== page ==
SBIR Phase I:Nano Procssing of High Temperature Ceramic Oxide Thermoelectric Materials for Enhanced Performance

Award Information
National Science Foundation
Award Year:
Phase I
Agency Tracking Number:
Solicitation Year:
Solicitation Topic Code:
Solicitation Number:
Small Business Information
TAM Ceramics
4511 Hyde Park Blvd, Niagara Falls, NY, 14305
Hubzone Owned:
Minority Owned:
Woman Owned:
Principal Investigator:
Mike Chu
(716) 278-9423
Business Contact:
Mike Chu
(716) 278-9423
Research Institution:
This Small Business Innovation Research (SBIR) Phase I project will develop a novel and cost-effective processing and manufacturing route to produce high-temperature ceramic oxide thermoelectric materials comprised of nanosized (< 40 nm) grains. Research has shown that a reduction in grain size below 100 nanometers in thermoelectric materials results in an increase in thermal resistance and overall thermoelectric performance by up to 40%. The technical challenge involved is to maintain the correct powder composition and the sintered grain size below 40 nm throughout the required processing steps. The spark plasma sintering (SPS) technique limits grain growth to a minimum, such that grain size of the sintered ceramic remains below 100 nanometers, thus preserving all of the enhanced material properties. This project will evaluate the effects of processing parameters on physical properties of the thermoelectric powder, including particle size, surface area, impurity gain, green and sintered density, grain size and final microstructure. The thermoelectric properties of the resulting powder will be evaluated, including Seebeck coefficient, dc conductivity, thermal conductivity, and ZT. A commercially viable manufacturing process will be demonstrated for scale up to large quantities in the follow-on Phase II project. The broader impact/commercial potential of this project will be the availability of thermoelectric nanomaterials operating at high temperatures (> 800 C), with enhanced thermoelectric properties. As the conservation of energy resources and associated environmental concerns become more critical, societal interest in utilizing thermoelectric devices to generate electricity from waste heat has grown. Thermoelectrics can function in many specialized applications, but have been hindered by a relatively low efficiency and high material costs. Current materials also have production scalability concerns. A new low-cost, high-temperature, high figure-of-merit thermoelectric material is necessary to satisfy commercial demands. The materials to be developed in this project will enable increased market adoption by allowing waste energy harvesting at high temperatures with a relatively low expected low cost of production (under $3/watt). Potential early adopters of these materials include the glass industry, steelmakers, and the automobile industry. According to recent studies, there is almost $300 million worth of wasted energy per year in the glass industry alone. The estimated market for these materials in vehicles is more than $1 billion. This same material processing technology can be adapted for future applications in high ionic conductors for battery and fuel cell technologies, and other ceramic industrial materials.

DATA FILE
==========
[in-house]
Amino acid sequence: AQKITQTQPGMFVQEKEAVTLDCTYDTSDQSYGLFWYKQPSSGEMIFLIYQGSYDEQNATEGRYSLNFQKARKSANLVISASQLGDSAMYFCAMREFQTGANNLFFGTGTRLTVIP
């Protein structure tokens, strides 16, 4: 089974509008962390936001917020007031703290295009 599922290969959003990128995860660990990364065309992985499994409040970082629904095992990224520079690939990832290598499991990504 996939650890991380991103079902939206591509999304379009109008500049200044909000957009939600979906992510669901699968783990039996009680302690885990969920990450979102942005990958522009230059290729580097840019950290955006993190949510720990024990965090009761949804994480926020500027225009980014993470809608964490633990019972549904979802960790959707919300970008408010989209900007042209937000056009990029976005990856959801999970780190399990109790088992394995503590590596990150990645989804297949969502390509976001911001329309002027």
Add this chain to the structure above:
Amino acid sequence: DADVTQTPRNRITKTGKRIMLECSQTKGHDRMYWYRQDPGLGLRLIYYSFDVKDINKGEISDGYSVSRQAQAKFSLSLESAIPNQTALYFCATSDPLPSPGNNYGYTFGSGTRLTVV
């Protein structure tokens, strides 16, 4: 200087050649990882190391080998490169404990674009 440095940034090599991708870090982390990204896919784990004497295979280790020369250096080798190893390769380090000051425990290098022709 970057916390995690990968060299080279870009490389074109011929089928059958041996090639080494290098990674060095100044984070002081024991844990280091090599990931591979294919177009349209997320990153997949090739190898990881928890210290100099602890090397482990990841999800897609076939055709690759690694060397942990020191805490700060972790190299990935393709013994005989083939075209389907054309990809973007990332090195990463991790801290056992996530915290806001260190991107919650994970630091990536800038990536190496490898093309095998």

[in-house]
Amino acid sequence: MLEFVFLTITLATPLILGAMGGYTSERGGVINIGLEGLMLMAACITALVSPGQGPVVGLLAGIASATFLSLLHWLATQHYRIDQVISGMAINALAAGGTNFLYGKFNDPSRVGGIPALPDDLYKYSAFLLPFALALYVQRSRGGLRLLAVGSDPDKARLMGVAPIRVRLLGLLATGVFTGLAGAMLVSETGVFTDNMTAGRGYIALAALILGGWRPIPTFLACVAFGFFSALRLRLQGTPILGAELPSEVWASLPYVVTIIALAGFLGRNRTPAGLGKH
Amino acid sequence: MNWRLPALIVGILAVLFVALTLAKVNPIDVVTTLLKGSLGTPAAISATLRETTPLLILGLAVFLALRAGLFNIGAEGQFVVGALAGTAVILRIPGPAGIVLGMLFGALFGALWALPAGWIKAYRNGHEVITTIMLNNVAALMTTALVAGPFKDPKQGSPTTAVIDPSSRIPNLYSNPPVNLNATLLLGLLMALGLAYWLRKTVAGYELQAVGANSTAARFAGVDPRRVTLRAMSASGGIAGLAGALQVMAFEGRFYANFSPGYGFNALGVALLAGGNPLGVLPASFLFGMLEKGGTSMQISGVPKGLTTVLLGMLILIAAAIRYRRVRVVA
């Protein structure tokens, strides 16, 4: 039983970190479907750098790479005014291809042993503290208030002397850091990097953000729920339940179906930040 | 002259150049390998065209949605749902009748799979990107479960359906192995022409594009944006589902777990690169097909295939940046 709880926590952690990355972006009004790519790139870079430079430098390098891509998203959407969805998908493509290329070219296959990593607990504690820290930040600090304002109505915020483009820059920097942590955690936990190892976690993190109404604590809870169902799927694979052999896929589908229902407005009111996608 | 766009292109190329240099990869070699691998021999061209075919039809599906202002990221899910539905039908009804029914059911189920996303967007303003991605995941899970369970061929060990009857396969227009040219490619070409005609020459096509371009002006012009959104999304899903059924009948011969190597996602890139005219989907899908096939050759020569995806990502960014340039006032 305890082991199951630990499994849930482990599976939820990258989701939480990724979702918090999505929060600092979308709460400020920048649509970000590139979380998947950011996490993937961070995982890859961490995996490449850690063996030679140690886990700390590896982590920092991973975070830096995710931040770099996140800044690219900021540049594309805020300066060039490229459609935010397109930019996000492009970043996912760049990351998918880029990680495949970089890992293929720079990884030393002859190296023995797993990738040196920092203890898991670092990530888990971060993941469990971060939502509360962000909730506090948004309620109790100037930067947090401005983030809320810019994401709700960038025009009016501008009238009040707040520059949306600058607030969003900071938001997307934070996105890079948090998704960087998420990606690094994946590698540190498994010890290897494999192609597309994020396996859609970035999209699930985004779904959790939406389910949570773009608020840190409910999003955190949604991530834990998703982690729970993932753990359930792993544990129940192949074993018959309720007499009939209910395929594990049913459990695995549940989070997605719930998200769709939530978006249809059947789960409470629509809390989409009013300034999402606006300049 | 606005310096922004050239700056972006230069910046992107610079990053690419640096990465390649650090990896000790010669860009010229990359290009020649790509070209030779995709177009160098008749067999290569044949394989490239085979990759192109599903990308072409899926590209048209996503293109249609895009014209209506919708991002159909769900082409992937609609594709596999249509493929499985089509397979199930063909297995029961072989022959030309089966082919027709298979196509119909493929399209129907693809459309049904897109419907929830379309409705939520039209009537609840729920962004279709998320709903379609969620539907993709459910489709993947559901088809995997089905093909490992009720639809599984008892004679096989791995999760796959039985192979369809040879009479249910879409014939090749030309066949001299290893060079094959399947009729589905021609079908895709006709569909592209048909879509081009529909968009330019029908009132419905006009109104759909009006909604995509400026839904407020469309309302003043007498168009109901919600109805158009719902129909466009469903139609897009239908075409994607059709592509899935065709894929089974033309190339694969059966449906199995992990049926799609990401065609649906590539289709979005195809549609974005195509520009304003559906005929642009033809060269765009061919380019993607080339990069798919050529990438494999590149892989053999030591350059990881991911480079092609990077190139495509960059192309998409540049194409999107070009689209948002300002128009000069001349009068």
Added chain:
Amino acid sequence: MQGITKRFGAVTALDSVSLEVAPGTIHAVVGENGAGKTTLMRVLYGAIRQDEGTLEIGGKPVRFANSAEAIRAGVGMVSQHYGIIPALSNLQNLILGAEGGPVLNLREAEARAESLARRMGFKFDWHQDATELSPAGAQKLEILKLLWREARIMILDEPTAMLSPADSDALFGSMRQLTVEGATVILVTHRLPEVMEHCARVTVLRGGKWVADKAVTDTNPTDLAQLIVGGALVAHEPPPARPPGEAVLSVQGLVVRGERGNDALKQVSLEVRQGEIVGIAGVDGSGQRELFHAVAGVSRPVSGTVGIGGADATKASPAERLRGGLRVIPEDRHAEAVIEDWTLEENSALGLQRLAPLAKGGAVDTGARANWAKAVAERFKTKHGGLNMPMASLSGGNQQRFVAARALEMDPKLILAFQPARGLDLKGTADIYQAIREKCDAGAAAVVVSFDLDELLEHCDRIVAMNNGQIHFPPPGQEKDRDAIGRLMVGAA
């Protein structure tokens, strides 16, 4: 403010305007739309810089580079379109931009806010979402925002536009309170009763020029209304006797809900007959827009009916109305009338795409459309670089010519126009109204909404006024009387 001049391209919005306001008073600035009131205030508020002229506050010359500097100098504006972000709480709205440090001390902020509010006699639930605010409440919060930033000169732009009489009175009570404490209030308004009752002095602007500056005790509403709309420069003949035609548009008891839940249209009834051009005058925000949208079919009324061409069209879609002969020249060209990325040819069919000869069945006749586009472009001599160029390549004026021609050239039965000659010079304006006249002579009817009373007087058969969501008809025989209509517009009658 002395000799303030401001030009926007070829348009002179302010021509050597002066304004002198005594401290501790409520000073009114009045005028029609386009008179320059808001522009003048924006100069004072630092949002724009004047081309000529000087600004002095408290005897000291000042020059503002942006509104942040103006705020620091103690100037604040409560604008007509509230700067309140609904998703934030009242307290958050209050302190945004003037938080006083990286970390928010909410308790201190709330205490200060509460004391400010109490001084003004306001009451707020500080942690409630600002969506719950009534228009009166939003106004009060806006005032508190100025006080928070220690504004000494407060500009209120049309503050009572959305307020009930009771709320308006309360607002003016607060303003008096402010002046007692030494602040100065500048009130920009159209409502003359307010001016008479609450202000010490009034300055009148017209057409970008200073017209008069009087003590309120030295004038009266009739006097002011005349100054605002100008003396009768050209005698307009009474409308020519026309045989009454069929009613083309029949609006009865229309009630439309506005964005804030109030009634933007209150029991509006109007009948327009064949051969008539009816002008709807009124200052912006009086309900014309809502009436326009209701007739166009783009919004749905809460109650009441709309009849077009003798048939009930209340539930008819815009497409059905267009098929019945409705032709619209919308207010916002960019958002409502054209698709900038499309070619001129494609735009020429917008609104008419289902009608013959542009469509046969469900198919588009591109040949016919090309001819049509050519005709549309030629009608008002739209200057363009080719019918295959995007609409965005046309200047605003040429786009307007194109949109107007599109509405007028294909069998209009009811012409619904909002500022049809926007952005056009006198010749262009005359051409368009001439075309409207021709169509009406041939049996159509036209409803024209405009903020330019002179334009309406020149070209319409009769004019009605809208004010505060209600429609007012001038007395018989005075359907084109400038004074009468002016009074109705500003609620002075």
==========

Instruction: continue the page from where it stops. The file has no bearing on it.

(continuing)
* information listed above is at the time of submission.

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